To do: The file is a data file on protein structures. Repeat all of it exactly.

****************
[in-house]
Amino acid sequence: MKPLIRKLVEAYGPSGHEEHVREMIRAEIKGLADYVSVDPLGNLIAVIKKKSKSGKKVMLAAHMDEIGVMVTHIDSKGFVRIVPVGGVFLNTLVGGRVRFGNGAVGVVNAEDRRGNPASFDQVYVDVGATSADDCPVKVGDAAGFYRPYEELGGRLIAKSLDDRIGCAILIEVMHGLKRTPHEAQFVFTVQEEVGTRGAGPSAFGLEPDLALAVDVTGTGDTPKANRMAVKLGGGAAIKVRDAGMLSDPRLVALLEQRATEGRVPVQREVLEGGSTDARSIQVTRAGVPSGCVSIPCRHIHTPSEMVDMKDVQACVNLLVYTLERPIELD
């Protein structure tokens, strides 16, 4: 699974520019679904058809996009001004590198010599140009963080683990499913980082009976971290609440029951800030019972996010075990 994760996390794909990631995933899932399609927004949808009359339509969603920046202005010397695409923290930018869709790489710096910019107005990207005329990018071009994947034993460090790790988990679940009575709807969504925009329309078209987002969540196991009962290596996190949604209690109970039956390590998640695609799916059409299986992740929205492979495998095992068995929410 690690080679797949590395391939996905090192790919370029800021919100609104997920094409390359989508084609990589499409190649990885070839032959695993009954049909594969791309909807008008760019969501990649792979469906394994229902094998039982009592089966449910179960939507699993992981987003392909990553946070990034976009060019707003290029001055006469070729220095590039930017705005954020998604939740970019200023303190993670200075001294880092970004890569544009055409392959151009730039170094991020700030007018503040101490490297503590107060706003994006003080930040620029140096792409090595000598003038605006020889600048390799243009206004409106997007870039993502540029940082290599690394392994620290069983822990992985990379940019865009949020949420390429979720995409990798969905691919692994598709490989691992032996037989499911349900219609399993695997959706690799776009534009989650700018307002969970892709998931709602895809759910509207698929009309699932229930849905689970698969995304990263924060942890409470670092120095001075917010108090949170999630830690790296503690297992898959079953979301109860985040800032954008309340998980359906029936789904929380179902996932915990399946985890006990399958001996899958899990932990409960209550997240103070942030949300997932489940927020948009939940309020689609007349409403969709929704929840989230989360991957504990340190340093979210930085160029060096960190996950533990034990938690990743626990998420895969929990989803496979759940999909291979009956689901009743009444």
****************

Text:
[in-house]
Amino acid sequence: MKPLIRKLVEAYGPSGHEEHVREMIRAEIKGLADYVSVDPLGNLIAVIKKKSKSGKKVMLAAHMDEIGVMVTHIDSKGFVRIVPVGGVFLNTLVGGRVRFGNGAVGVVNAEDRRGNPASFDQVYVDVGATSADDCPVKVGDAAGFYRPYEELGGRLIAKSLDDRIGCAILIEVMHGLKRTPHEAQFVFTVQEEVGTRGAGPSAFGLEPDLALAVDVTGTGDTPKANRMAVKLGGGAAIKVRDAGMLSDPRLVALLEQRATEGRVPVQREVLEGGSTDARSIQVTRAGVPSGCVSIPCRHIHTPSEMVDMKDVQACVNLLVYTLERPIELD
């Protein structure tokens, strides 16, 4: 699974520019679904058809996009001004590198010599140009963080683990499913980082009976971290609440029951800030019972996010075990 994760996390794909990631995933899932399609927004949808009359339509969603920046202005010397695409923290930018869709790489710096910019107005990207005329990018071009994947034993460090790790988990679940009575709807969504925009329309078209987002969540196991009962290596996190949604209690109970039956390590998640695609799916059409299986992740929205492979495998095992068995929410 690690080679797949590395391939996905090192790919370029800021919100609104997920094409390359989508084609990589499409190649990885070839032959695993009954049909594969791309909807008008760019969501990649792979469906394994229902094998039982009592089966449910179960939507699993992981987003392909990553946070990034976009060019707003290029001055006469070729220095590039930017705005954020998604939740970019200023303190993670200075001294880092970004890569544009055409392959151009730039170094991020700030007018503040101490490297503590107060706003994006003080930040620029140096792409090595000598003038605006020889600048390799243009206004409106997007870039993502540029940082290599690394392994620290069983822990992985990379940019865009949020949420390429979720995409990798969905691919692994598709490989691992032996037989499911349900219609399993695997959706690799776009534009989650700018307002969970892709998931709602895809759910509207698929009309699932229930849905689970698969995304990263924060942890409470670092120095001075917010108090949170999630830690790296503690297992898959079953979301109860985040800032954008309340998980359906029936789904929380179902996932915990399946985890006990399958001996899958899990932990409960209550997240103070942030949300997932489940927020948009939940309020689609007349409403969709929704929840989230989360991957504990340190340093979210930085160029060096960190996950533990034990938690990743626990998420895969929990989803496979759940999909291979009956689901009743009444």